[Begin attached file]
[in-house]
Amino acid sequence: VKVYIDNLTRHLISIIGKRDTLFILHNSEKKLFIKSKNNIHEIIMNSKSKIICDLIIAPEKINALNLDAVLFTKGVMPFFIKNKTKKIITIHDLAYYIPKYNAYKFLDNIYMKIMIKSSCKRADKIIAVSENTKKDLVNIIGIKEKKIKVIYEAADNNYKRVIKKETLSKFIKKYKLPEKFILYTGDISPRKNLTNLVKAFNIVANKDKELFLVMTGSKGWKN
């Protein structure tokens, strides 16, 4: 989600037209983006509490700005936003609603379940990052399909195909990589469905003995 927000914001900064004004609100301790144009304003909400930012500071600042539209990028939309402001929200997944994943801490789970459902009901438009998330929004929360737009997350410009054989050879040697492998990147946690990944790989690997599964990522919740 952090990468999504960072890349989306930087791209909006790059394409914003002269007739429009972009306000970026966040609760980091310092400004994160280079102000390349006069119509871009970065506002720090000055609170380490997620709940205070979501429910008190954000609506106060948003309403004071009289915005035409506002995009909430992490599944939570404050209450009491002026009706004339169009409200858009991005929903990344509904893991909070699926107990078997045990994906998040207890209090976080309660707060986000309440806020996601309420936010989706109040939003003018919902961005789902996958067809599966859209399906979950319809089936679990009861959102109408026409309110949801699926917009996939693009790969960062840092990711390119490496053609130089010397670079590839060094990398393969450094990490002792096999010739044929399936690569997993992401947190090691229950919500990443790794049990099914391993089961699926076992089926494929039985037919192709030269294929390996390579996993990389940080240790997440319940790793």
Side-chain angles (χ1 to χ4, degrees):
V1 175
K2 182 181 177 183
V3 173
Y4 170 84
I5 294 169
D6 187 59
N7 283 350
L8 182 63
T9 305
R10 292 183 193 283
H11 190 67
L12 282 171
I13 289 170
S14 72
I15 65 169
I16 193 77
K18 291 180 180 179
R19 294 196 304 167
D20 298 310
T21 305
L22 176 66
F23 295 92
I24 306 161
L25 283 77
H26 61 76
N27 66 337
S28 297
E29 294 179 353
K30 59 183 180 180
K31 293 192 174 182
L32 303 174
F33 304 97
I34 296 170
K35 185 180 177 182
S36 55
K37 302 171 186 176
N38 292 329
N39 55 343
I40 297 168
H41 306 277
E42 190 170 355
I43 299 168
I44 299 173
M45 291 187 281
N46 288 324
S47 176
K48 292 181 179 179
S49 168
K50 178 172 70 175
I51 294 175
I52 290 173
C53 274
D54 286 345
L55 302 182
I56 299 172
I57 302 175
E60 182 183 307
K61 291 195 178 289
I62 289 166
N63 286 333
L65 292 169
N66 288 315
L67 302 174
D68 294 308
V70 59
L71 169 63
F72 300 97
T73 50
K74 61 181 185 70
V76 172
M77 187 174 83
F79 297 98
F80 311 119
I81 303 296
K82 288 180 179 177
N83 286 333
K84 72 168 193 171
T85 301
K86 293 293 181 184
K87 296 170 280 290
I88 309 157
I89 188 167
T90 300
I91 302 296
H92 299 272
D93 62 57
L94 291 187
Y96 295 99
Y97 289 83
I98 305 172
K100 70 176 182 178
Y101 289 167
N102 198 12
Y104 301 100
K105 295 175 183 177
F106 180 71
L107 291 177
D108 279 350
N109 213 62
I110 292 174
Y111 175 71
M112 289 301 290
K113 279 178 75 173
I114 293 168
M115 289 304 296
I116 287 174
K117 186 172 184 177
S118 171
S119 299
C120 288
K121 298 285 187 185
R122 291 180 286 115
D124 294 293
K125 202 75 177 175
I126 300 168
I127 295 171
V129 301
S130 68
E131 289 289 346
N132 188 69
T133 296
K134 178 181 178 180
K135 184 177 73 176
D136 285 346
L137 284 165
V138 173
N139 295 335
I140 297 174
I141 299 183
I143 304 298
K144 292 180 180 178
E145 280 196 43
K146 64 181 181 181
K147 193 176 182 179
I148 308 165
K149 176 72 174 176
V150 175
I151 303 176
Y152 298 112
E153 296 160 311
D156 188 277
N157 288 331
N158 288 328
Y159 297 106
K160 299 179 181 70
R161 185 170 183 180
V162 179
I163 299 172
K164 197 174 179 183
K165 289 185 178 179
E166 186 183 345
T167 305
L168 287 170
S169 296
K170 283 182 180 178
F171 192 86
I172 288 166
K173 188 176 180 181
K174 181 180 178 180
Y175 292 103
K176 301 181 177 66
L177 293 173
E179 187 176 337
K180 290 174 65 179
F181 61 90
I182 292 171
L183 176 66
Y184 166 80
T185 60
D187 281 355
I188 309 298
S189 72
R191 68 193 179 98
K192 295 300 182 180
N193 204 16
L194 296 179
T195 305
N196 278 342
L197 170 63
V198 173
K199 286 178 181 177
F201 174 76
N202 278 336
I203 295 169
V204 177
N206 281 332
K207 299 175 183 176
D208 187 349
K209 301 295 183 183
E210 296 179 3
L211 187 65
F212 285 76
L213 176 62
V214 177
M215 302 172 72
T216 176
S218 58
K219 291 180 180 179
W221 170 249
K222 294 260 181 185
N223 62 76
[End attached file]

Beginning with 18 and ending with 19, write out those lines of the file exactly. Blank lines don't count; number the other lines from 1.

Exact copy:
S14 72
I15 65 169